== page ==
These eight types of activity are all very different but all have been called ‘sustainability’. To see how they are connected, we need to map them together. The following diagram provides such a map. It is built around two criteria: focus and scope.

The left side of the picture defines the focus of each activity: on compliance, cost, value, or the identity of the business. The bottom edge shows how the scope of each activity ranges from a single department, to a business unit, supply chain, or the wider business ecosystem of which the business is part.



The resulting map is broad brush but it clearly shows us three things.

First, these apparently very different activities form part of a larger continuum. Sustainability is not defined by any single activity or type of activity. It is an attitude of mind: of how to go about doing the same tasks that any business needs to do. And like any attitude it develops over time. It is a process of becoming. Different activities become appropriate at different stages of development.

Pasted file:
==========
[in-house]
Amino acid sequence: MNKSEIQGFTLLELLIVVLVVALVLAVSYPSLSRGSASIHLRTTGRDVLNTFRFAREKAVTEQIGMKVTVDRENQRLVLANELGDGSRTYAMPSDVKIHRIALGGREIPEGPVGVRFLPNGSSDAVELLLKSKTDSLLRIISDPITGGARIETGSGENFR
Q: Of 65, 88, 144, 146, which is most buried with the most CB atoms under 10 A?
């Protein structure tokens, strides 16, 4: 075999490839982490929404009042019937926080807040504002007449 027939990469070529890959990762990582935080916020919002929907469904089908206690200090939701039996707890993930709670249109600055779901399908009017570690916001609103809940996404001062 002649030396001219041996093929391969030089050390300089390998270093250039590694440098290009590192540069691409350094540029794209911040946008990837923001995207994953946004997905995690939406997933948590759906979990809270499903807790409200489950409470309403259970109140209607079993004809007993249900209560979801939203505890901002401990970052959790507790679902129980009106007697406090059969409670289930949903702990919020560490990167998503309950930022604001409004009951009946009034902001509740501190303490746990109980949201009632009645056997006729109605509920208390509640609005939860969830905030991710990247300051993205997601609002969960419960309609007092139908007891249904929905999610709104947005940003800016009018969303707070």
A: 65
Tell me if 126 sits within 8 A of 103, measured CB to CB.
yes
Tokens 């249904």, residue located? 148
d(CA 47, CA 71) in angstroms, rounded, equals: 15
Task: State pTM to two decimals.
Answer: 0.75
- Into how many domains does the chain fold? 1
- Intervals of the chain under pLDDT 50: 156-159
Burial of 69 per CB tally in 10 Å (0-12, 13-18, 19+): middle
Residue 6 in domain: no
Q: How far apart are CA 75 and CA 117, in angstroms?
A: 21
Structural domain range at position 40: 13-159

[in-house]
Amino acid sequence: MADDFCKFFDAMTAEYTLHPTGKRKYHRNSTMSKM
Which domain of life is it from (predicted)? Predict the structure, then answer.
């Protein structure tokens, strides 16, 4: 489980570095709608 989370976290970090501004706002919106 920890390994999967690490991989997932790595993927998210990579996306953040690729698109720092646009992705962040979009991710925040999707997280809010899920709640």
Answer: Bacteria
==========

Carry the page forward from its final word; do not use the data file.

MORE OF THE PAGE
Second, we see that broader sustainability programs, such as ‘Circular Economy’, are about delivering a combination of the eight underlying types. The map can help bring clarity and focus to these initiatives.

And third, the overall trend of sustainable leadership runs from ‘doing what others tell us’, through optimizing the cost, risk, and value of our own organisation, towards understanding our role as a part of something bigger and working to optimize that whole. This is more difficult than simply ‘doing what we are told’. But leaders and organisations who achieve it are more capable than those who do not. This is the direction in which the emerging edge of sustainable leadership is pulling us.

This series of eight articles will explore in more detail what this emerging sustainable leadership looks like and where it might take us. It starts by showing how we can use it to bring our organisations antifragile competitive advantage. It then shows how to build such an organisation, first in broad brush and then specific detail. Finally, we will see how sustainable leadership starts within each of us and has the potential to create a hyper-sustainable, generative world.

Originally published by Sustainable Brands.

Photo By Chase Elliott Clark via